Delaware Personal Data Act heads to governor
DOVER — The Delaware Personal Data Privacy Act, which gives consumers the right to know who is collecting their data and to opt out of targeted ads, was passed in the last days of the legislative session.
House Bill 154, sponsored by Rep. Krista Griffith (D-Fairfax), was amended to exclude registered securities brokers and dealers, as well as financial institutions that fall under the Gramm-Leach-Bliley Act. The bill as amended passed the State Senate 15-5 on June 29, and the amended bill passed the House of Representatives the following day.
Griffith told Delaware Business Times that the amendment, which was proposed by Sen. Bryan Townsend (D-Newark/Bear), was friendly and a compromise to get it over the finish line.
“Banks and financial firms are subject to the [Gramm-Leach-Bliley Act] guidelines, so there wasn’t so much heartburn in that. And shortly after the bill passed the House, FINRA reached out to us to ask to be included in the exemptions,” Griffith said.
FINRA —the Financial Industry Regulatory Authority — is a private company that acts as an independent regulator over brokerage firms and exchange markets. With the goal to ensure the United State securities operate fairly, it oversees around 3,5000 securities brokerage firms and 624,670 registered securities representatives. Under the amendment passed, registered national securities associations would also be exempt.
“I’m pleased that it passed. I know this bill caught a lot of attention from several industries for its implications. But in practice, we wanted to give power back to our consumers on how their data is used,” Griffith said.
If signed by Gov. John Carney, the Delaware Personal Data Privacy Act would give Delawareans the right to see their personal data and know who’s collecting it, as well as giving the right to request deletion or to make changes.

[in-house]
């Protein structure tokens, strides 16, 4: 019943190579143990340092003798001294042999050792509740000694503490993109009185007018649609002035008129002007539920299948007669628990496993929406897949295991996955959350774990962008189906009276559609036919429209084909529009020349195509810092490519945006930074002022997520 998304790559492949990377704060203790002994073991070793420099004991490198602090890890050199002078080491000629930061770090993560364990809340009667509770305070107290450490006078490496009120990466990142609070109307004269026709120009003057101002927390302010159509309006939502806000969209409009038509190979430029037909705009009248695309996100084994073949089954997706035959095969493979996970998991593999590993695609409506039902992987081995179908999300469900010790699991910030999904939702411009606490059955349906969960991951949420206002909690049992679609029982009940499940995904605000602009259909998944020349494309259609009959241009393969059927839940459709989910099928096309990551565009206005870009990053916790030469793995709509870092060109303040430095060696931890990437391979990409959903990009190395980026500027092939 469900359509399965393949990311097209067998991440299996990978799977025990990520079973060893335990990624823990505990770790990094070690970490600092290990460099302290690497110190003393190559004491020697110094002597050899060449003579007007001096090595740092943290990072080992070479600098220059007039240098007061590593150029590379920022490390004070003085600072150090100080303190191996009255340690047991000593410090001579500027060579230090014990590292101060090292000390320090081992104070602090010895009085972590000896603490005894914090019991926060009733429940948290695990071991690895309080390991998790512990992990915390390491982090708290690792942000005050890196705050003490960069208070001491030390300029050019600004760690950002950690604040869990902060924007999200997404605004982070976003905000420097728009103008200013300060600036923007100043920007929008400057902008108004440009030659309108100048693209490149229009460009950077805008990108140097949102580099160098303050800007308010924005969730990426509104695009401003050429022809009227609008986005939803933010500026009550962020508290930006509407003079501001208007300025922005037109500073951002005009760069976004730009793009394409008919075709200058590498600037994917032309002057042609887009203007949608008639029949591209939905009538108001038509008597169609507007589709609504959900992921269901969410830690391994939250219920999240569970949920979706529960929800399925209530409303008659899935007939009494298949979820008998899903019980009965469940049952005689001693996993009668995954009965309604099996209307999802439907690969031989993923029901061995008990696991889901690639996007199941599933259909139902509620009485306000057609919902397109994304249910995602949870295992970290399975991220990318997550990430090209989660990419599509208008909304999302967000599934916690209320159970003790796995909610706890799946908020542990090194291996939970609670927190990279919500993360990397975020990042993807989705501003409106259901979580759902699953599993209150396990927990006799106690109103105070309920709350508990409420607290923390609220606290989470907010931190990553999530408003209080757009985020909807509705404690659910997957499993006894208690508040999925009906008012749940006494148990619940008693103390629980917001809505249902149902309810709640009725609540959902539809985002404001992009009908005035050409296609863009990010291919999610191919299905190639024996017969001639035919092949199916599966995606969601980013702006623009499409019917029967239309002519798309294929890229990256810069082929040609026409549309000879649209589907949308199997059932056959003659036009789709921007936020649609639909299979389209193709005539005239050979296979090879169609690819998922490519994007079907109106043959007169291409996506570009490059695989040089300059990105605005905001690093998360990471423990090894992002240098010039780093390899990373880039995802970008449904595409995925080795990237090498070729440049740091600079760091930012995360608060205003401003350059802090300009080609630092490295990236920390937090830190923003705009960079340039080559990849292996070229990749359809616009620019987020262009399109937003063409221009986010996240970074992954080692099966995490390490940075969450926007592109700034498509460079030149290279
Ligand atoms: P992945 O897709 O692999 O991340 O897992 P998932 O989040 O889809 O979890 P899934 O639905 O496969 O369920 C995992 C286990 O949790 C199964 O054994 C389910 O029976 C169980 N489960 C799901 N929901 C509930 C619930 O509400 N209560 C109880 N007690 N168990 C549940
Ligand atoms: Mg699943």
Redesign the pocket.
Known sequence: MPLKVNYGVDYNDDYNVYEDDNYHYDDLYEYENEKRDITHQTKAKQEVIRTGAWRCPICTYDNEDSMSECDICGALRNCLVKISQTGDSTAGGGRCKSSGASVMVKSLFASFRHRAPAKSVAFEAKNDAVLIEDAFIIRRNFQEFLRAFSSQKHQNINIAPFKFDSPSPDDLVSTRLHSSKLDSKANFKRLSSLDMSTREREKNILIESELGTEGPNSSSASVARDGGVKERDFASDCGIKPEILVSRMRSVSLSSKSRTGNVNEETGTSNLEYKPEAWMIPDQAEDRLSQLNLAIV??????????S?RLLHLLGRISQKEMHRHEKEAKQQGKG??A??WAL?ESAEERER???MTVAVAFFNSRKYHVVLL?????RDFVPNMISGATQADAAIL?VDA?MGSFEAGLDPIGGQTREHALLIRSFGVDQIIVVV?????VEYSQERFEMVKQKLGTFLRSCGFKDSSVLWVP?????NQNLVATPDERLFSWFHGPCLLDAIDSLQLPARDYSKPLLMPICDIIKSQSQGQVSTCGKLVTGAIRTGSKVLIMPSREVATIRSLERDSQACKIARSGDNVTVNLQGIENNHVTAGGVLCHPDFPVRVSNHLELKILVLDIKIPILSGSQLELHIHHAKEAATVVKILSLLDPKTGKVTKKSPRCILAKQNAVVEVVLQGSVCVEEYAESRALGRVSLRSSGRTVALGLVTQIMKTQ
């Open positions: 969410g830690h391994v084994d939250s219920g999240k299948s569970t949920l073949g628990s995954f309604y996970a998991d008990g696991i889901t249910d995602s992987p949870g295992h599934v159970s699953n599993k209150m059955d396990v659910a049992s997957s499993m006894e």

Consumers would also have the right to receive a copy of the data a company has collected in a portable and easy-to-use format, unless it reveals company secrets. The Department of Justice would also conduct public outreach six months before the bill becomes law, at an estimated one-time cost of $45,000.
It also prohibits analyzing or selling data without a consumer’s consent, including those who are under 18 years old.
“That clause was important to me, because there were Big Tech lobbyists pushing to make it 16. But if you can’t sign a contract until you’re 18, then why should setting up these contractual agreements – where you just check a box and not read the fine print – be OK?” Griffith said.
The Personal Data Privacy Act would apply to businesses that process or control the data of no less than 35,000 consumers. Companies that control and process 10,000 or less and derive more than 20% of gross revenue from selling that data would also be forced to comply.
This is the second attempt to pass legislation regulating the sale and purchase of data of Delawareans. Last year, Griffith proposed a bill that would have required the Department of Justice to create a registry of data brokers, or businesses that collect or maintain data from at least 500 or more consumers or those who sell or license information to businesses. That registry would have included companies’ privacy policies, opt-out information and more that Delawareans could search on their own.
HB 154 was workshopped and had 25 co-sponsors, all Democrats except Rep. Ruth Briggs King (R-Georgetown), who voiced her support for a data broker during the 2022 session.
However, Delaware business associations and technology trade associations have voiced their concerns over the low threshold of 20%, worried that it would cause undue burden on smaller entities.
“Our economy is largely driven by information, and we are grateful to our members who do their very best to protect sensitive information and use data to create things of true value,” Delaware State Chamber of Commerce Public Policy & Government Relations Director Tyler Micik said. “Passage of HB 154 is worrisome because rather than directing Department of Justice energies towards the prosecution of bad actors, this new law may stifle innovation that leads to new products and better services Delawareans have come to enjoy.”